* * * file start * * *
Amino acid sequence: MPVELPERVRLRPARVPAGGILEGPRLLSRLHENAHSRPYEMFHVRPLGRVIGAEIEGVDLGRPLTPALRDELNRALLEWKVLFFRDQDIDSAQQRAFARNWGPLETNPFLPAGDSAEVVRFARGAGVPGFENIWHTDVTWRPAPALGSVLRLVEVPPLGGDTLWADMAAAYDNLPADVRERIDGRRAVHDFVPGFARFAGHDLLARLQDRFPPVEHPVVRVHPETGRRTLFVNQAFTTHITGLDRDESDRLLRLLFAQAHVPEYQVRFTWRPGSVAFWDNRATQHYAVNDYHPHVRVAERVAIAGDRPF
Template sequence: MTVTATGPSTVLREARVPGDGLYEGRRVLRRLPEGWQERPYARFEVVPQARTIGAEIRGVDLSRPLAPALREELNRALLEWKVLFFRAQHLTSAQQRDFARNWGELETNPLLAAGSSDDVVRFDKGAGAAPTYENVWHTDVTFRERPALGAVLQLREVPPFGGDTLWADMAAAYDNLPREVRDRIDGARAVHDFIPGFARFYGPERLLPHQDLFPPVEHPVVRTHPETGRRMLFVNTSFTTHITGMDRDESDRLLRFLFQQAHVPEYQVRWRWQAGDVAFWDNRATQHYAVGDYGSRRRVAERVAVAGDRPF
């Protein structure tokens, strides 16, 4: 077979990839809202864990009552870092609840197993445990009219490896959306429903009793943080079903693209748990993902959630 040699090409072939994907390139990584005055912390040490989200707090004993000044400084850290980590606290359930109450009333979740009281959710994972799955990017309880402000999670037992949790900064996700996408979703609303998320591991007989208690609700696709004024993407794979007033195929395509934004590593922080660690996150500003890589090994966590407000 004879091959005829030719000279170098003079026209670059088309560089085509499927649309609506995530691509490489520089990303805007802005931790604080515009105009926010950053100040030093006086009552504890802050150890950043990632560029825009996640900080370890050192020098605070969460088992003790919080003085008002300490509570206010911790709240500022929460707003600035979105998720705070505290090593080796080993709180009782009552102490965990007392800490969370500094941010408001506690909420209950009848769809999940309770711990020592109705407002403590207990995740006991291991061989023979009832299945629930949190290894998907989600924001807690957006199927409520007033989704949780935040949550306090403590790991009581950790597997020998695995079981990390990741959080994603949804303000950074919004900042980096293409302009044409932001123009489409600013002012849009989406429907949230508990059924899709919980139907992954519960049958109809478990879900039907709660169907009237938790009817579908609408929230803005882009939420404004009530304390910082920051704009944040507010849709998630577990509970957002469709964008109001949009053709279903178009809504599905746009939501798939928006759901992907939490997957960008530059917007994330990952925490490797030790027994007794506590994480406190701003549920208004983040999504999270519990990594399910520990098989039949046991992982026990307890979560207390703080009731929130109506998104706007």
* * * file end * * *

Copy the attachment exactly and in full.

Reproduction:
Amino acid sequence: MPVELPERVRLRPARVPAGGILEGPRLLSRLHENAHSRPYEMFHVRPLGRVIGAEIEGVDLGRPLTPALRDELNRALLEWKVLFFRDQDIDSAQQRAFARNWGPLETNPFLPAGDSAEVVRFARGAGVPGFENIWHTDVTWRPAPALGSVLRLVEVPPLGGDTLWADMAAAYDNLPADVRERIDGRRAVHDFVPGFARFAGHDLLARLQDRFPPVEHPVVRVHPETGRRTLFVNQAFTTHITGLDRDESDRLLRLLFAQAHVPEYQVRFTWRPGSVAFWDNRATQHYAVNDYHPHVRVAERVAIAGDRPF
Template sequence: MTVTATGPSTVLREARVPGDGLYEGRRVLRRLPEGWQERPYARFEVVPQARTIGAEIRGVDLSRPLAPALREELNRALLEWKVLFFRAQHLTSAQQRDFARNWGELETNPLLAAGSSDDVVRFDKGAGAAPTYENVWHTDVTFRERPALGAVLQLREVPPFGGDTLWADMAAAYDNLPREVRDRIDGARAVHDFIPGFARFYGPERLLPHQDLFPPVEHPVVRTHPETGRRMLFVNTSFTTHITGMDRDESDRLLRFLFQQAHVPEYQVRWRWQAGDVAFWDNRATQHYAVGDYGSRRRVAERVAVAGDRPF
């Protein structure tokens, strides 16, 4: 077979990839809202864990009552870092609840197993445990009219490896959306429903009793943080079903693209748990993902959630 040699090409072939994907390139990584005055912390040490989200707090004993000044400084850290980590606290359930109450009333979740009281959710994972799955990017309880402000999670037992949790900064996700996408979703609303998320591991007989208690609700696709004024993407794979007033195929395509934004590593922080660690996150500003890589090994966590407000 004879091959005829030719000279170098003079026209670059088309560089085509499927649309609506995530691509490489520089990303805007802005931790604080515009105009926010950053100040030093006086009552504890802050150890950043990632560029825009996640900080370890050192020098605070969460088992003790919080003085008002300490509570206010911790709240500022929460707003600035979105998720705070505290090593080796080993709180009782009552102490965990007392800490969370500094941010408001506690909420209950009848769809999940309770711990020592109705407002403590207990995740006991291991061989023979009832299945629930949190290894998907989600924001807690957006199927409520007033989704949780935040949550306090403590790991009581950790597997020998695995079981990390990741959080994603949804303000950074919004900042980096293409302009044409932001123009489409600013002012849009989406429907949230508990059924899709919980139907992954519960049958109809478990879900039907709660169907009237938790009817579908609408929230803005882009939420404004009530304390910082920051704009944040507010849709998630577990509970957002469709964008109001949009053709279903178009809504599905746009939501798939928006759901992907939490997957960008530059917007994330990952925490490797030790027994007794506590994480406190701003549920208004983040999504999270519990990594399910520990098989039949046991992982026990307890979560207390703080009731929130109506998104706007």